Hello and intro

Discussion in 'HSC /// Knives' started by HSC /// Knives, Apr 17, 2019.

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  1. Apr 17, 2019 #1

    HSC /// Knives

    HSC /// Knives

    HSC /// Knives

    Professional Craftsman

    Joined:
    Feb 26, 2016
    Messages:
    87
    Location:
    Clarkdale AZ
    Hello, here's some info about me, probably more than you wanted to know :D

    My name is Harbeer Chahal and I’m a full time maker in Clarkdale AZ, about 25 mins from Sedona AZ. My training and experience is in Japanese laminated steels with high carbon steel cores.

    My background is in manufacturing engineering and operations management. Years ago I was an autoCAD draftsman, CAD/CAM programmer and managed aerospace CNC machine shops as well as ISO 9000/AS9100 quality management. I’ve also owned and operated auto collision shops for a few years.

    I began this journey into knife-making buying buying/selling/collecting custom knives. With help from a few makers in 2015 I gained the confidence to try my own hand at this craft. I'm grateful to several Masters I’ve learned from for their guidance and most important, their time and knowledge. I’ve traveled the country learning from them.

    Specifically I’m a student of Murray Carter, I spent a total of 9 days in his shop learning bladesmithing. I learned handles and guards from James Rodebaugh and slipjoints from Mike Vagnino.

    I was born in London England, have lived in India as a small child, Toronto CA and most of my life in the Los Angeles area. Almost a year ago I moved to the Verde Vally area of Arizona. A small town where life seems much simpler. I have 2 kids, 22 and 16

    I appreciate high carbon steels. They can take a keen edge well, are easy to sharpen and age with character. My goal is to make the customer a high quality knife that they enjoy using. I forge and heat treat each blade myself in my shop. The heat treat process is what I enjoy the most.

    In a world where things are "made to sell" versus "made to last", a handmade knife takes us back to the time when there was real craftsmanship and pride in producing a useful tool. I enjoy cooking regularly and make high quality kitchen knives. My knives have a thin hard edge and are known for being very sharp.

    Building a quality handmade knife that works well is not easy. It takes learned skill and patience. The work can be difficult and tiring but it's also feels very rewarding to me. Most rewarding is when the customer is happy with your work.

    On a personal level I like to play golf, practice simple yoga stretching, hike, and ride my Triumph Speed Triple. I travel back and forth to France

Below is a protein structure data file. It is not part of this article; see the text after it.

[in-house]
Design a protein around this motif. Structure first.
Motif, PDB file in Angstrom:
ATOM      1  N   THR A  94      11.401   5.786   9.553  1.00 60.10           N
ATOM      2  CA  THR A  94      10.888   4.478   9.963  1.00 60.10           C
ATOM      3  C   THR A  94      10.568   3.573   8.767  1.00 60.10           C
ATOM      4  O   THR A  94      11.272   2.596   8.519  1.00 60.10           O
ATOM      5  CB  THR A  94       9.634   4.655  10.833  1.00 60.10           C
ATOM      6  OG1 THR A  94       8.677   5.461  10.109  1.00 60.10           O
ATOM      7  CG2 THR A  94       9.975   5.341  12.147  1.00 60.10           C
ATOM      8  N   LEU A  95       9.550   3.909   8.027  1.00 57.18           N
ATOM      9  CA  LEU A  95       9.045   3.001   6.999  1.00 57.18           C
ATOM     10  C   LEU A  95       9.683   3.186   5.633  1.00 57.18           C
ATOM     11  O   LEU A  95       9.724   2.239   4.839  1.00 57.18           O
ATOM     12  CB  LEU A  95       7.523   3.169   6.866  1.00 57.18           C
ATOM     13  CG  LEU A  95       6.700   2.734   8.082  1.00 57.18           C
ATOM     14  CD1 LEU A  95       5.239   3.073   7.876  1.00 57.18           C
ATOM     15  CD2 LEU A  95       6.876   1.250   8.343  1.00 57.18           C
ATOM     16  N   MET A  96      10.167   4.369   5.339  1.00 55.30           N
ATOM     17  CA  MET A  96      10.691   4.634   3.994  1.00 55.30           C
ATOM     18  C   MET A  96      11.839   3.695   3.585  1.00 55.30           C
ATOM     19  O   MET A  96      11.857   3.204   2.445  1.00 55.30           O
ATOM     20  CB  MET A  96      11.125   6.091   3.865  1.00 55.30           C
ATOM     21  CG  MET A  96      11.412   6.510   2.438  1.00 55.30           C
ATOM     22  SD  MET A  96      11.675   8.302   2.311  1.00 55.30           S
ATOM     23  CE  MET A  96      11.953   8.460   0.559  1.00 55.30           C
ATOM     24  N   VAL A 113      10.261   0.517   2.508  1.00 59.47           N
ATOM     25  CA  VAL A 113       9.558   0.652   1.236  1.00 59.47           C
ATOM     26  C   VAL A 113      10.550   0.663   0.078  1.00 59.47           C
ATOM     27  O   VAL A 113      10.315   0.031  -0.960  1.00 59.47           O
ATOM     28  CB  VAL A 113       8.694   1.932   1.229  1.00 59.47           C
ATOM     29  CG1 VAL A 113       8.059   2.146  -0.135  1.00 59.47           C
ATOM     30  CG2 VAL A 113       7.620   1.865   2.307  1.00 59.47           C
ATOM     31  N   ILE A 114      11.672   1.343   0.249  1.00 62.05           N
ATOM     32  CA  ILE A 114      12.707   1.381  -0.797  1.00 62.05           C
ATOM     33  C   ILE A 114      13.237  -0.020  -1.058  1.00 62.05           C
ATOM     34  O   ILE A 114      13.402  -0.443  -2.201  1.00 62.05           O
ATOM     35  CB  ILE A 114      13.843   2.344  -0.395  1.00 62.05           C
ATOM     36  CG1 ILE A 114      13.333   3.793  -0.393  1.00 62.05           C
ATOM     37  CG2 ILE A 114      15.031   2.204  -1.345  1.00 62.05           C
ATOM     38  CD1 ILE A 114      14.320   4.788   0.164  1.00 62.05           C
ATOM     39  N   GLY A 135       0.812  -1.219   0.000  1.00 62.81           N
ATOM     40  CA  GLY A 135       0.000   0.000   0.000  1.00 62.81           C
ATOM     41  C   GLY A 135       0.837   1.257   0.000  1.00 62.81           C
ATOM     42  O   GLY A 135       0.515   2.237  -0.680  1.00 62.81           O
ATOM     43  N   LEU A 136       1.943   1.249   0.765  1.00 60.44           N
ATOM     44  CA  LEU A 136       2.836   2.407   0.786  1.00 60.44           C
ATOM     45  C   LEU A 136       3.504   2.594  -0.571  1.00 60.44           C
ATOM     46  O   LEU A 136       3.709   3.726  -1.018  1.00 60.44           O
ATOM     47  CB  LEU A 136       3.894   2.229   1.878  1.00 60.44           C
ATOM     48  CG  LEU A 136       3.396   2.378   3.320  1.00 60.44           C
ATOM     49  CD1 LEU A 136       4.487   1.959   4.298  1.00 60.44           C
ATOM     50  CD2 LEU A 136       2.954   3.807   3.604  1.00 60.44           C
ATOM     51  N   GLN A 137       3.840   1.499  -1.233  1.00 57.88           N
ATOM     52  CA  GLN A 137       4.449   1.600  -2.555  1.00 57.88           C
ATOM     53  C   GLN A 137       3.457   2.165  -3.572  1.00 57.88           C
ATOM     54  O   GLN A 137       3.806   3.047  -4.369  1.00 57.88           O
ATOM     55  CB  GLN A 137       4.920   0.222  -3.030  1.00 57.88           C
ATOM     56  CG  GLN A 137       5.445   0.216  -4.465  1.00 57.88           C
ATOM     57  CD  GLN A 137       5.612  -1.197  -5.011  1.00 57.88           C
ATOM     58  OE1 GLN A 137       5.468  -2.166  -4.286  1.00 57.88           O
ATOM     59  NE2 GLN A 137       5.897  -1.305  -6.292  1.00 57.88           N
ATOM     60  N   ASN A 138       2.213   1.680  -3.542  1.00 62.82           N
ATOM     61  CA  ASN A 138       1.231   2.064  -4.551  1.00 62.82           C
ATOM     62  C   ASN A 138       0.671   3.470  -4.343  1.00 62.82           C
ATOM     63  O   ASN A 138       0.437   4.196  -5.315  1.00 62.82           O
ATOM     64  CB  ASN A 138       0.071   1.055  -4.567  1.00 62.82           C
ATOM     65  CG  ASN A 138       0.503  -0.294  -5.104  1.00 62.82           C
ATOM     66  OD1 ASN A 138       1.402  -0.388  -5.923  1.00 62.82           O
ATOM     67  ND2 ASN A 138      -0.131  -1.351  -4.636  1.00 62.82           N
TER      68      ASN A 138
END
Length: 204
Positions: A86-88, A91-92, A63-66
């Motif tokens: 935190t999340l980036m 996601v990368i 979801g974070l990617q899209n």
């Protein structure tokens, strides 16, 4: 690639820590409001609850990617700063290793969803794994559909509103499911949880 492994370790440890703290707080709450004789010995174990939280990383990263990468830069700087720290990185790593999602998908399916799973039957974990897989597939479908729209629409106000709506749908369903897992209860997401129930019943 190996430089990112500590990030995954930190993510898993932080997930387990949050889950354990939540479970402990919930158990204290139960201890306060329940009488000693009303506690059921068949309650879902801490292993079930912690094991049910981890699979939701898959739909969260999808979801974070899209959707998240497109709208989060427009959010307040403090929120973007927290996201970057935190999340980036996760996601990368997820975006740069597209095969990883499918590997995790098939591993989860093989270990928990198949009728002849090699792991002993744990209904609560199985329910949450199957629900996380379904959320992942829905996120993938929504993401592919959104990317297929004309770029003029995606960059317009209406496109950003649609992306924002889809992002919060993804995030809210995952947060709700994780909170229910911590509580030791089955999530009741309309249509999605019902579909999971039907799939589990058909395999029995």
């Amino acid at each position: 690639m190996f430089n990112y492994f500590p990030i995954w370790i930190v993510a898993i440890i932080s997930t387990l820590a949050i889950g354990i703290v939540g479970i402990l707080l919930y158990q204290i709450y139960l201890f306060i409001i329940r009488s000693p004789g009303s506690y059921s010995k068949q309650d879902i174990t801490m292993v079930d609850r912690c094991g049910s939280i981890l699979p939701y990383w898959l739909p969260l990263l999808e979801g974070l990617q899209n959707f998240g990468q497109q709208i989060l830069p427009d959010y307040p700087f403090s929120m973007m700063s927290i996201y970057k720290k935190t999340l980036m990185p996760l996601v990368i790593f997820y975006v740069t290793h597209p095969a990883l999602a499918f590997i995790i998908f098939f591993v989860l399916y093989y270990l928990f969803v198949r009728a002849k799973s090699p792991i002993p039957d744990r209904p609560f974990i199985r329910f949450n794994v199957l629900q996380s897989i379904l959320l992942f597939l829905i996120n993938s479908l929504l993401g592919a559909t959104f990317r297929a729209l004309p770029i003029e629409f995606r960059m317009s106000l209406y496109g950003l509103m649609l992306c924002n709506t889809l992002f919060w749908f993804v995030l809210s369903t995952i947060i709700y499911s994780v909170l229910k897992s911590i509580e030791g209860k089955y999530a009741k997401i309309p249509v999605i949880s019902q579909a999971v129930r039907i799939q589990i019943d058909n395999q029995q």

I don’t make high production and try to split my months work into half the time kitchen knives, and the other half slip joint folders.

    What is my maker’s mark? My full name is Harbeer Singh Chahal, I have the same initials as my older brother and father, so I went with HSC /// Knives.

    Most of my work can be seen on my IG - https://www.instagram.com/hsc3.knives

    Questions?
     
  2. Apr 22, 2019 #2

    chinacats

    chinacats

    chinacats

    Senior Member

    Joined:
    Mar 20, 2012
    Messages:
    6,692
    Greetings and welcome!

    Can you talk specifically about your grind? Convex, S, etc. Also interested in your thoughts on asymmetry?

    Which steels do you currently use?
     
  3. Apr 22, 2019 #3

    Benuser

    Benuser

    Benuser

    Supporting Member

    Joined:
    May 3, 2011
    Messages:
    5,421
    Welcome aboard, Harbeer!
     
  4. Apr 22, 2019 #4

    HSC /// Knives

    HSC /// Knives

    HSC /// Knives

    Professional Craftsman

    Joined:
    Feb 26, 2016
    Messages:
    87
    Location:
    Clarkdale AZ
    In general I prefer a flat grind, usually full. This allows for easier future thinning, and refurbishing of blades as required.
    My blades do have a slight convex at the edge . I try to make sure the my thickness behind the edge is about .005.
    Beyond this I don't vary in my grinds. Different grinds and asymmetry have their place but it's not something I get into.

    I try to pay close attention to the forging and heat treating, make sure the blade is as thin as possible, and lastly I check to see how it passes through food.

    At this time I work with primarily laminated steel,

    1) Hitachi white core and stainless cladding
    2) 22 layer Suminagashi laminated with Takefu white core, mild cladding.
    3) 1095
    4) 1084
    5) Damasteel for slipjoint folders
    6) AEB-L , not very often but am doing a run in the next couple of weeks, HT to be done with my friend Tim Wright.

    I have some 52100 and W2 but haven't got into it yet.

    regards
    Harbeer
     
    Last edited: May 10, 2019
  5. Apr 23, 2019 #5

    milkbaby

    milkbaby

    milkbaby

    Well-Known Doofus Supporting Member

    Joined:
    Aug 1, 2016
    Messages:
    1,709
    Location:
    Sunny Florida
    Welcome Harbeer!
     

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